Communication should always be a two-way interaction. Exchanging ideas and developing new insights is a natural process for successful project communications. It’s been proven that teams who share common communication skills are more production. The technical expertise is the additive. The goal is for provide everyone with information to work together effectively. It also helps to avoid a potential problem down the road. For most people this is the “ah ha” experience. These moments are vital to preventing serious project downtime. Team communications take on several activities:
- Preventing bottlenecks and project delays
- Saving time through better coordination
- Keeps the project running smoothly
Tip #4: Assessments
Construction projects are measured on timelines contained in documents and charts. These are the tools of the trade. Charts display milestones, resource performances and time constraints to the project schedules. More important these charts sum up the efforts of each team member as a group. This information is an integral part of the construction project planning and decision-making process. From the business aspect, the review charts allow the team to centralize the project’s information and status.
Just as important, these assessments celebrate the success of the team, boosting confidence and motivation. They also identify the areas that could use some improvement. Construction problems do happen at any time. The best method for managing problems is to cite the cause and effect. It’s an operational approach to reinforce the team’s focus on the goal. These formative assessments ensure the project goals throughout the construction process:
- Assurance of meeting project specifications
- Elimination of project risks and monitor project changes
- Alignment to quality and expectations
- Alerts to continuing problems
Tip #5: Endurance
Like the building under construction, the team’s effort is built to last. As the project approaches completion, the team’s focus is on the final remaining activities. The last actions on the punch list or open items need to be finished. The team’s been proactive and moved forward while dealing with the unexpected. They’ve applied the best practices and mitigated risks throughout the entire construction process. The experiences learned from the project will minimize the future project challenges, and this newfound group dynamic will maximize new project successes. The team’s endurance maintains the project’s performance:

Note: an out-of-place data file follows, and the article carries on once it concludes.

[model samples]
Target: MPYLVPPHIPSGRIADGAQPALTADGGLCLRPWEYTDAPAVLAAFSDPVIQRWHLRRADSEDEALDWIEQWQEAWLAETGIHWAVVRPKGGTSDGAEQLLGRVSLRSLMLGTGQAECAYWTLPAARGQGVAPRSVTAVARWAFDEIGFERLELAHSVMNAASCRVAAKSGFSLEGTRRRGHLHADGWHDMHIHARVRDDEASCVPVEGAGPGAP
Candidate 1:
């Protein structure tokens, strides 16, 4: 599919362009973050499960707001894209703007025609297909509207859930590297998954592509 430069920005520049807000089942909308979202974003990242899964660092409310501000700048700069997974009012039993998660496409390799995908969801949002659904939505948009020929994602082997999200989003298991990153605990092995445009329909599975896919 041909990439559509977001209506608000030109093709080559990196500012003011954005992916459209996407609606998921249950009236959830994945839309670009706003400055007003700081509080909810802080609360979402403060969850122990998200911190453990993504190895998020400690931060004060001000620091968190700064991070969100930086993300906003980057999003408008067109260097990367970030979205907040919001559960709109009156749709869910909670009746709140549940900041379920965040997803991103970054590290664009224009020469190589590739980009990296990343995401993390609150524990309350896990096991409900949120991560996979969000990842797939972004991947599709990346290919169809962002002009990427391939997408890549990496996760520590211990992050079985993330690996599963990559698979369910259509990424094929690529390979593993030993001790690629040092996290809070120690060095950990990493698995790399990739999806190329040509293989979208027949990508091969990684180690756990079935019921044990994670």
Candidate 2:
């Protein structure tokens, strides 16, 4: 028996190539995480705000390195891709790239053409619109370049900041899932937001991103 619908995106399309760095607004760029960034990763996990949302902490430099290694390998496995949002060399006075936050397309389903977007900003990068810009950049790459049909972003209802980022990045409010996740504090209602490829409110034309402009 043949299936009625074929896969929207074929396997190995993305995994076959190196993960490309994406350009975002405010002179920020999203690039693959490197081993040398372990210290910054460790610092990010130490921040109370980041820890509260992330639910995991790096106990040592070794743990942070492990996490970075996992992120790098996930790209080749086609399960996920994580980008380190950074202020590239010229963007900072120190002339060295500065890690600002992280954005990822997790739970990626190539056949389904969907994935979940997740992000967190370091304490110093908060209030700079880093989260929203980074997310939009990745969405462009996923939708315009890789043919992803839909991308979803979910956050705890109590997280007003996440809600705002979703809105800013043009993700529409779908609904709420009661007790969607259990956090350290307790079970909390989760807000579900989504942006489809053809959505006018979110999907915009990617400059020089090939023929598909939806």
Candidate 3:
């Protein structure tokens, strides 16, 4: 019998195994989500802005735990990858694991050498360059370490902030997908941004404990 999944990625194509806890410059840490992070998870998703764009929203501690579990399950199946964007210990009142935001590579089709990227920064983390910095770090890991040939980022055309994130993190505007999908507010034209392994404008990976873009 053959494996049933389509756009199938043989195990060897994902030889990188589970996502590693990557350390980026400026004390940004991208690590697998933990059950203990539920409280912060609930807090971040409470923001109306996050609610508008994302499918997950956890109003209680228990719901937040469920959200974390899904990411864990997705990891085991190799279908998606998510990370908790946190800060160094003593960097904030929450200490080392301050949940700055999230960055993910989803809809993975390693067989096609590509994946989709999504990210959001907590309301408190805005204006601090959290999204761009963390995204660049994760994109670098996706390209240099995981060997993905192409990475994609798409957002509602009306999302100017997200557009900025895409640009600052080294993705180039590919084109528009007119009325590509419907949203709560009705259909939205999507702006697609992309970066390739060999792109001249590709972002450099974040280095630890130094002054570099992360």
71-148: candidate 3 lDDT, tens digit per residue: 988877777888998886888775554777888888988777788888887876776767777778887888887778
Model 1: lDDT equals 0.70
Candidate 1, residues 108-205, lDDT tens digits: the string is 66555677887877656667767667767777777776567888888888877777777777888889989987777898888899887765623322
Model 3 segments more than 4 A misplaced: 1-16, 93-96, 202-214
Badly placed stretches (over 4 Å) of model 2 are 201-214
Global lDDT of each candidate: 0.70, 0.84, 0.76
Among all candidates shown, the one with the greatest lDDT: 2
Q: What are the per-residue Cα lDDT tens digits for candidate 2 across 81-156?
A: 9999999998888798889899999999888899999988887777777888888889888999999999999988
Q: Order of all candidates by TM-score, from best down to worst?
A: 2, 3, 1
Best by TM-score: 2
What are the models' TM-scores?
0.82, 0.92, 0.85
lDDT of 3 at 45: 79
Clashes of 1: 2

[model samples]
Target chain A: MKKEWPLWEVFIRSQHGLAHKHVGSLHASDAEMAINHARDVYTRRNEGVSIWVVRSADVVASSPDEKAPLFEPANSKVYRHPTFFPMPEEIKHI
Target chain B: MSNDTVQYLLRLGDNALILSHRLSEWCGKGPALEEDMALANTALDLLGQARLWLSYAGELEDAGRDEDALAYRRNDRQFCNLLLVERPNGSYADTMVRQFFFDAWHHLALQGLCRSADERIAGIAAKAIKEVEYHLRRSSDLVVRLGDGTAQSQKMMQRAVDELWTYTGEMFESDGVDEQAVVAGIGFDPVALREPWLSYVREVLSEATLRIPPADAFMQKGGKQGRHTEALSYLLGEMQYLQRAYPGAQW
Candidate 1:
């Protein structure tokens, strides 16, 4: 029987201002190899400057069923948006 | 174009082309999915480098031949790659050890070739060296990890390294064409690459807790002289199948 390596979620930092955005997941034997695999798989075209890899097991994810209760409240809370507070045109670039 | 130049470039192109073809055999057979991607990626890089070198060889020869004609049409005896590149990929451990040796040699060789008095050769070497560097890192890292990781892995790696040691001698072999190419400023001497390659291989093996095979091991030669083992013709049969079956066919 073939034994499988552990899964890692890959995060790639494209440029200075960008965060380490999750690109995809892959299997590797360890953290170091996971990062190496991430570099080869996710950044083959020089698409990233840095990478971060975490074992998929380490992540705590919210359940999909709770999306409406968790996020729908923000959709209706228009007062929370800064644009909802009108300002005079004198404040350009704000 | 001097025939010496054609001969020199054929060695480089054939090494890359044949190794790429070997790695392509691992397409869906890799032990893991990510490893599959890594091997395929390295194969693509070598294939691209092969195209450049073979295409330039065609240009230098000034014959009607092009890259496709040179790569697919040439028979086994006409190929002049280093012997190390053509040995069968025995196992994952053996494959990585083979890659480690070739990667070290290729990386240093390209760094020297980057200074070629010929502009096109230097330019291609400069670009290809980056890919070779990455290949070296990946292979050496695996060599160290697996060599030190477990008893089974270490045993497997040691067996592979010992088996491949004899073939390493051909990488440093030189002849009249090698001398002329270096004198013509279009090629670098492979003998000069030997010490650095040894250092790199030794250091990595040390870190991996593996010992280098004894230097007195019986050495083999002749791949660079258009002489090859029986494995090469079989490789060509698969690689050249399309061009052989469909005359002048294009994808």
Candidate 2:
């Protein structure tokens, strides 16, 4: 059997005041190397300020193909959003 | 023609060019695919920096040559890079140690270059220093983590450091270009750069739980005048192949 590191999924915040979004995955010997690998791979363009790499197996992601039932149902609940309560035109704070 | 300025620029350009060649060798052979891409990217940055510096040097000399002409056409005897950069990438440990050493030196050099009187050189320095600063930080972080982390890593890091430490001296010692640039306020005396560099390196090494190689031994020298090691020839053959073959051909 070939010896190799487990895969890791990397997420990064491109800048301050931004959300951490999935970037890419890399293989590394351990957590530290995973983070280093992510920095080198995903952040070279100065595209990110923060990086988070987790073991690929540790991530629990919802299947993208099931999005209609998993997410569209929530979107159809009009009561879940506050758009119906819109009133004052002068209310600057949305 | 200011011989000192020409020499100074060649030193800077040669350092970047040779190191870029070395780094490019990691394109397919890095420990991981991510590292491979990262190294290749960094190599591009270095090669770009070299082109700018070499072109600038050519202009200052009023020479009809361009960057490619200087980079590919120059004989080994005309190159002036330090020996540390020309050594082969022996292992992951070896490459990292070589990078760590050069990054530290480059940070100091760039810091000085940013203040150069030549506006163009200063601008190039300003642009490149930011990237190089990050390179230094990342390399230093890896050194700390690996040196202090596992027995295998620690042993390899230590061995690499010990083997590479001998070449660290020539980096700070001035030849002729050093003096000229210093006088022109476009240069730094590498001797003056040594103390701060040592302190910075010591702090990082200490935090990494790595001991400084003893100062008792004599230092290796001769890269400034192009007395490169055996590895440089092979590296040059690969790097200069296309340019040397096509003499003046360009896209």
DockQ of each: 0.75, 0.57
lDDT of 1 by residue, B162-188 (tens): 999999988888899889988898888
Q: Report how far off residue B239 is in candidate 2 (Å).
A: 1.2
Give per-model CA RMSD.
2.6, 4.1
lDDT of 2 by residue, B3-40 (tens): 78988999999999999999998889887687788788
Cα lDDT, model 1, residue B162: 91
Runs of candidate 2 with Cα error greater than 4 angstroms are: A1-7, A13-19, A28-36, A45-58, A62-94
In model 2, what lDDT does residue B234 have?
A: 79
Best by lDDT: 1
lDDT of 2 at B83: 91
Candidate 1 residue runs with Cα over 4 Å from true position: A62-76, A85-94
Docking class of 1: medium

- Project delivered on time
- Been accountable to the results
- Stayed on budget
- Met industry standards and client expectations
Key Takeaways for Leaders Managing Architectural Engineers, Designers, and Contractors
The two significant factors in executing a team approach are timeliness and reliability. In an industry like construction, uncertainty is always part of the process. Assembling a team of enthusiastic professionals is the major piece of the puzzle. However, a good leader is a key to making good teams become great. Managing an engineer’s design and construction team is no easy task, but these tips will go a long way in creating a cohesive, collaborative team that will produce successful outcomes for the project:
- Participation throughout the project timeline to ensure everyone is on the same page
- Taking the time to know each team member allows you to leverage their strengths when delegating work assignments
- Keep the lines of communication open throughout the project
- Taking the time to assess the project after completion gives team members the opportunity to reflect on what they’ve done well or could improve upon
There is a lot that goes into managing a great team. If you want your team of contractors and architectural engineering specialists to be the very best, our construction administration service oversees the entire project, ensuring every step is done properly, efficiently, and produces quality outcomes. For more information on the service, or to request a consultation, contact us today.